As world’s biggest polluters move away from coal, trouble for the industry

FILE - In this Jan. 9, 2014, file photo, rail cars are filled with coal and sprayed with a topper agent to suppress dust at Cloud Peak Energy's Antelope Mine north of Douglas, Wyo.
FILE - In this Jan. 9, 2014, file photo, rail cars are filled with coal and sprayed with a topper agent to suppress dust at Cloud Peak Energy's Antelope Mine north of Douglas, Wyo. Ryan Dorgan/Casper Star-Tribune via AP, File

The coal industry is in trouble – and has been for years.

Global use of coal fell by as much as 180 million tonnes or about five per cent in the first three-quarters of 2015 versus the same period in 2014 – the largest decline in history.

Since 2007, consumption of coal in Canada has gone down.

Even Alberta – Canada’s biggest coal polluter – plans to phase out coal-fired power generation by 2030.

The Nova Scotia government, however, appears to be going in a different direction.

This summer, the Donkin Mine in Cape Breton – a vast coal reserve – will be the first mine to open in the province since the last once closed in 2001.

READ MORE: Official linked to U.S. mine disaster resigns from Cape Breton’s Donkin mine project

Kameron Collieries is a subsidiary of the U.S. based Cline Group, LLC. It completed a deal in 2014 to buy the Donkin mine.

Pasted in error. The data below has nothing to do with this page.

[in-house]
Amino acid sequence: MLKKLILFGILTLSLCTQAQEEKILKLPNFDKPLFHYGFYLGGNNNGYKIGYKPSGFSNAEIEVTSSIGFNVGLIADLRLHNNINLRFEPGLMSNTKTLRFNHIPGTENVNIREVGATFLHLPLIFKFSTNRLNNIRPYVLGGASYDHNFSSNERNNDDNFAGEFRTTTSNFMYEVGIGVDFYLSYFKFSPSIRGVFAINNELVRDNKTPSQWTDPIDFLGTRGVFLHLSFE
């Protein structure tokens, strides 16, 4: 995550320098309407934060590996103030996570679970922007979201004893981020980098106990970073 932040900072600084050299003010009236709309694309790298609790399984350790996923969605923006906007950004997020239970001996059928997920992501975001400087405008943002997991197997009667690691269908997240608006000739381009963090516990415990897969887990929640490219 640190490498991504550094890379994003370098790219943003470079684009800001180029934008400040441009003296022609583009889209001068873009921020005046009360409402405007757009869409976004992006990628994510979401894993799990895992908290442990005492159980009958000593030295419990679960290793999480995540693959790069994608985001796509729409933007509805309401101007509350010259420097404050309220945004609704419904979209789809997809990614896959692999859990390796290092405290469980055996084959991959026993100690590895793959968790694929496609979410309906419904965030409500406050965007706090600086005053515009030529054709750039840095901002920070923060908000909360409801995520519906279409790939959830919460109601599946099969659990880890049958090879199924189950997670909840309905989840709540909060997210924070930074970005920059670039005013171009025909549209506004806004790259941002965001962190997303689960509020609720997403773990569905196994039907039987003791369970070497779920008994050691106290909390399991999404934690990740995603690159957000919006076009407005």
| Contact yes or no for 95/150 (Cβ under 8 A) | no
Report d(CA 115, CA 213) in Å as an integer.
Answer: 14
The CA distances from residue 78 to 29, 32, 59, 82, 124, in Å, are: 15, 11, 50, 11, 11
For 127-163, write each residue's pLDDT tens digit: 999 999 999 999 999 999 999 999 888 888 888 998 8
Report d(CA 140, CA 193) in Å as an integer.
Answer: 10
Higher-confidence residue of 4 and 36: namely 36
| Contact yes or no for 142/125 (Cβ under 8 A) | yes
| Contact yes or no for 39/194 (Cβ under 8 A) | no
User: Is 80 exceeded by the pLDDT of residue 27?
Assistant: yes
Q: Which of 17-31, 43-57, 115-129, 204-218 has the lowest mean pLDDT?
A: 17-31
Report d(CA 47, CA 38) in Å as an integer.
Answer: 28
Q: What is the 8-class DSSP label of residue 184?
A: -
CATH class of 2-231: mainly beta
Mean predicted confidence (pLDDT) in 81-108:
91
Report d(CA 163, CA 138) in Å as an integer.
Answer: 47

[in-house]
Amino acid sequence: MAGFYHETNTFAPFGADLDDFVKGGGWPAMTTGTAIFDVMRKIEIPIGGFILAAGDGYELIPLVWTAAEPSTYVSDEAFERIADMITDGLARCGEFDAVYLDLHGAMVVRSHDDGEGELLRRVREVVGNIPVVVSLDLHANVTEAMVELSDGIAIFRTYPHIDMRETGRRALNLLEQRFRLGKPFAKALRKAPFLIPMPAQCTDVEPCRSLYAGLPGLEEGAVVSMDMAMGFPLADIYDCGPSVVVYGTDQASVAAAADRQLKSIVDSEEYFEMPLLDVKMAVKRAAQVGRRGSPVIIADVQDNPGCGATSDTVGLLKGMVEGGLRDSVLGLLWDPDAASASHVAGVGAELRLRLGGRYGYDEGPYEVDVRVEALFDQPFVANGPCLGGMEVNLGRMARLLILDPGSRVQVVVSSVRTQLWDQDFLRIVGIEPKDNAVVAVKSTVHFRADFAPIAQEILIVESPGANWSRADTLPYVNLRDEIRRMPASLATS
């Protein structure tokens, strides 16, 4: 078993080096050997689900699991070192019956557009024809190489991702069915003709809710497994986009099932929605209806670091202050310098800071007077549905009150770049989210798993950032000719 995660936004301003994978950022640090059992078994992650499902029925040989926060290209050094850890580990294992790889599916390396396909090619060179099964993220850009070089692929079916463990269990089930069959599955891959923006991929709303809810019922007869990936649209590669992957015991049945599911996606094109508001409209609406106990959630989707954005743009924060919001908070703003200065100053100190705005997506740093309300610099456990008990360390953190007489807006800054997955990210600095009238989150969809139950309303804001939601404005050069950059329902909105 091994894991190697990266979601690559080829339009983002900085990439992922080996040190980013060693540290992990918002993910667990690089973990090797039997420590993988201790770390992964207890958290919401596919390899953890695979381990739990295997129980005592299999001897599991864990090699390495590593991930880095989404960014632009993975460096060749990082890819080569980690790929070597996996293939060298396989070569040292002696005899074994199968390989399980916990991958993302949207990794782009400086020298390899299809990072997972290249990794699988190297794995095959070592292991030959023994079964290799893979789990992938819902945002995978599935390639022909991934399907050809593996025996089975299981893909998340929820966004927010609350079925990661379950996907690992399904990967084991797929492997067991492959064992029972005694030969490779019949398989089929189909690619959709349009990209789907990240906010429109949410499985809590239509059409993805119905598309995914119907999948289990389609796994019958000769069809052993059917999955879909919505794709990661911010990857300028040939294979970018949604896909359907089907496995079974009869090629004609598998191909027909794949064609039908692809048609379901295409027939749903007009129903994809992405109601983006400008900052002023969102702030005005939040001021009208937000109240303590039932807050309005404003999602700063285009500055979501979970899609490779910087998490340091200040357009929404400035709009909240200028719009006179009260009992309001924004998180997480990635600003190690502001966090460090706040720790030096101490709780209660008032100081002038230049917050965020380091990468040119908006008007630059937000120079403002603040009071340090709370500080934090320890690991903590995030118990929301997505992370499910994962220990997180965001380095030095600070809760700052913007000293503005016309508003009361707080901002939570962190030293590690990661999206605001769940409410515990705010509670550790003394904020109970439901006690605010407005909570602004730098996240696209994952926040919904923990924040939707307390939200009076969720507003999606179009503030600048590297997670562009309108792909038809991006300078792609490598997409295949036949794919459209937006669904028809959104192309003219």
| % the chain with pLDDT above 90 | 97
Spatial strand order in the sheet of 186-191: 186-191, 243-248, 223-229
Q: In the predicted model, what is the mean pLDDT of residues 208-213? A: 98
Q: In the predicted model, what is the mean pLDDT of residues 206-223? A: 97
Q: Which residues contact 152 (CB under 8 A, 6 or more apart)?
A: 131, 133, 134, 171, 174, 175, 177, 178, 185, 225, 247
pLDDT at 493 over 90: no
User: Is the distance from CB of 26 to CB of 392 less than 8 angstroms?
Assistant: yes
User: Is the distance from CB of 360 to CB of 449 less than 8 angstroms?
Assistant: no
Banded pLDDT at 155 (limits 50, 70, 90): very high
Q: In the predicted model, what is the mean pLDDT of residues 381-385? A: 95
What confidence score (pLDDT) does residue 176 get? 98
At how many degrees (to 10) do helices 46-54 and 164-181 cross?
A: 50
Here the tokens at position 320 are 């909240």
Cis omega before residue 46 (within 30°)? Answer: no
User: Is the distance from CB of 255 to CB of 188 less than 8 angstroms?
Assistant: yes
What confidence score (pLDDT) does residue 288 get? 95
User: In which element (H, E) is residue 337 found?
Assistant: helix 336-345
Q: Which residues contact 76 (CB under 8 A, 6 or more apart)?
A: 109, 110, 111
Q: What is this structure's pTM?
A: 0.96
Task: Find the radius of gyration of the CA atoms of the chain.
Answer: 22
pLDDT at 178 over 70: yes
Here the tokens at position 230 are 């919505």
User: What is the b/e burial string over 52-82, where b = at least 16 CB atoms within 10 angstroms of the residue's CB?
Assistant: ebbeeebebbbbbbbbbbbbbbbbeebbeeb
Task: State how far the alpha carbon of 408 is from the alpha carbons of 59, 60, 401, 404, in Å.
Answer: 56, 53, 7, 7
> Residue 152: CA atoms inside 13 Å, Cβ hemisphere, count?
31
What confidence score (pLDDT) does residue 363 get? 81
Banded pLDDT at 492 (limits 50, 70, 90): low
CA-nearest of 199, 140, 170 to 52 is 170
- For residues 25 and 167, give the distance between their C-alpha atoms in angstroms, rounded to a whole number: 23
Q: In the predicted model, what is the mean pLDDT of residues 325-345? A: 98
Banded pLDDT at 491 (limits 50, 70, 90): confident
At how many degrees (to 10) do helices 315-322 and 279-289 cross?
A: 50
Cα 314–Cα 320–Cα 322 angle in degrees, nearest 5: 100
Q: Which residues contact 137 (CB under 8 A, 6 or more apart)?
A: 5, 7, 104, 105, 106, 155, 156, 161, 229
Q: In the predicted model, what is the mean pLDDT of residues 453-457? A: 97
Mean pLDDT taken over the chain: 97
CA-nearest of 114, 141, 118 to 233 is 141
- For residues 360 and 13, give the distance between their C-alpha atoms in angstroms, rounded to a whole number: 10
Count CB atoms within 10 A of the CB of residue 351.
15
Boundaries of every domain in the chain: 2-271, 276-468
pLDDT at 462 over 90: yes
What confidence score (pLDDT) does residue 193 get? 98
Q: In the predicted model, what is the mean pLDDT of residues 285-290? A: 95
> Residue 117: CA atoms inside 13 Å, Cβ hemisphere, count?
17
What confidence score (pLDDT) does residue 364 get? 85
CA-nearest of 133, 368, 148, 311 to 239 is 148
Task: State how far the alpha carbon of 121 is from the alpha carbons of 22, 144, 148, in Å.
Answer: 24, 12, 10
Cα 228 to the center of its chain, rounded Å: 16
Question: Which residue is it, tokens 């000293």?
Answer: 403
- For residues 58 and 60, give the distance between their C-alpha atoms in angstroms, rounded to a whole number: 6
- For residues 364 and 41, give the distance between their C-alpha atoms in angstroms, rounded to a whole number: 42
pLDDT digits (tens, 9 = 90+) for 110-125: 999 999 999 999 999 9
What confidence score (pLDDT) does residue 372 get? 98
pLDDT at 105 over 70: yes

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“We are craving for jobs in Cape Breton,” said Gordie Peckham, a Nova Scotia coal miner.

While the mine provides much needed employment to the area – 120 jobs — there are questions about where the Donkin Coal block fits as coal seemingly goes out of favour globally.

In December 2015, the Paris climate agreement became the first-ever legally binding global climate deal.

The historic deal was signed by 195 countries including the United States and China, in an effort to cut greenhouse gas emissions and reduce the impact of climate change by shifting away from fossil fuels.

Even before the climate agreement, there were indicators internationally coal was on the decline.

At least a dozen U.S. coal companies went bankrupt between 2003 and 2014, according to a Bloomberg report. Last January, Arch Coal – one of the biggest coal companies in the U.S. – also filed for bankruptcy.

Big banks like JPMorgan Chase, Bank of America, and Morgan Stanley have also announced they will be moving away from investing in coal projects, citing climate change as part of the reason.

The JPMorgan Chase policy statement, for example, includes no lending to coal mining companies or financing for new coal-fired power plants in high-income countries.

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“[Coal] is also an industry now that’s contracting … Their markets are declining,” said Davitt McAteer, former assistant secretary for the U.S. Mine Safety and Health Administration (MSHA)

“The industry claims that it’s [President Barack] Obama’s overregulation … the difficulty is that natural gas and solar and other energy sources are available, readily available, and becoming cheaper.

“…Coal is in a difficult spot financially.”

Perhaps the biggest bellwether is happening overseas. China – the world’s biggest producer and consumer of coal – will be closing about 4,300 coal mines over the next three years, according to Chinese state news agency Xinhua.

According to Xinhua, decrease in demand due to an economic slowdown has led to overcapacity.

But environmental concerns are also a growing concern. Beijing will also end coal use by 2020 to reduce smog and improve air quality.

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